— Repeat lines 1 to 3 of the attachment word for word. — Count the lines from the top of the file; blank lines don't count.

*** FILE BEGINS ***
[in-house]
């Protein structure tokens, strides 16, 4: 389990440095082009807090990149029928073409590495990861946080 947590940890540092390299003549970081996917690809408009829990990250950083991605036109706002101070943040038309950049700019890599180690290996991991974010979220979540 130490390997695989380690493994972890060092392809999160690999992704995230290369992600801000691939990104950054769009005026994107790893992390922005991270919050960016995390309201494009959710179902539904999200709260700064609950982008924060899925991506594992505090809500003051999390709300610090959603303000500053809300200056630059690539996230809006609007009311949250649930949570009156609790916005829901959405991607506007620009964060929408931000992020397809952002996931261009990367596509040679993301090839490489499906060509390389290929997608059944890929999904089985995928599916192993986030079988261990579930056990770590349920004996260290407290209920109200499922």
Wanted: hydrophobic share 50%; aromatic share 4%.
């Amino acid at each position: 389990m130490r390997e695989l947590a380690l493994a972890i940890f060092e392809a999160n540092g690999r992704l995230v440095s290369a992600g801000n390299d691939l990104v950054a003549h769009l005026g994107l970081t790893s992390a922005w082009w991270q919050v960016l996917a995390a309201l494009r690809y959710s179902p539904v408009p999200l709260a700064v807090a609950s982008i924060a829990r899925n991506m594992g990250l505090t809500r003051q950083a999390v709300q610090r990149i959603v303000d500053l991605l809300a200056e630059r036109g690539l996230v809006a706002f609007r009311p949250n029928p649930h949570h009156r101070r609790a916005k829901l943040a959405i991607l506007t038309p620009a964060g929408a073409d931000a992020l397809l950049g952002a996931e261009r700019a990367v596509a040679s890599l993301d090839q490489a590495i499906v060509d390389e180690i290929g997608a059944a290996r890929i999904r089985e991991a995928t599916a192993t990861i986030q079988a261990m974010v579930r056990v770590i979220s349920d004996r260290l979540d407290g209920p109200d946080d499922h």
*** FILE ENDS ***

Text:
[in-house]
């Protein structure tokens, strides 16, 4: 389990440095082009807090990149029928073409590495990861946080 947590940890540092390299003549970081996917690809408009829990990250950083991605036109706002101070943040038309950049700019890599180690290996991991974010979220979540 130490390997695989380690493994972890060092392809999160690999992704995230290369992600801000691939990104950054769009005026994107790893992390922005991270919050960016995390309201494009959710179902539904999200709260700064609950982008924060899925991506594992505090809500003051999390709300610090959603303000500053809300200056630059690539996230809006609007009311949250649930949570009156609790916005829901959405991607506007620009964060929408931000992020397809952002996931261009990367596509040679993301090839490489499906060509390389290929997608059944890929999904089985995928599916192993986030079988261990579930056990770590349920004996260290407290209920109200499922």
Wanted: hydrophobic share 50%; aromatic share 4%.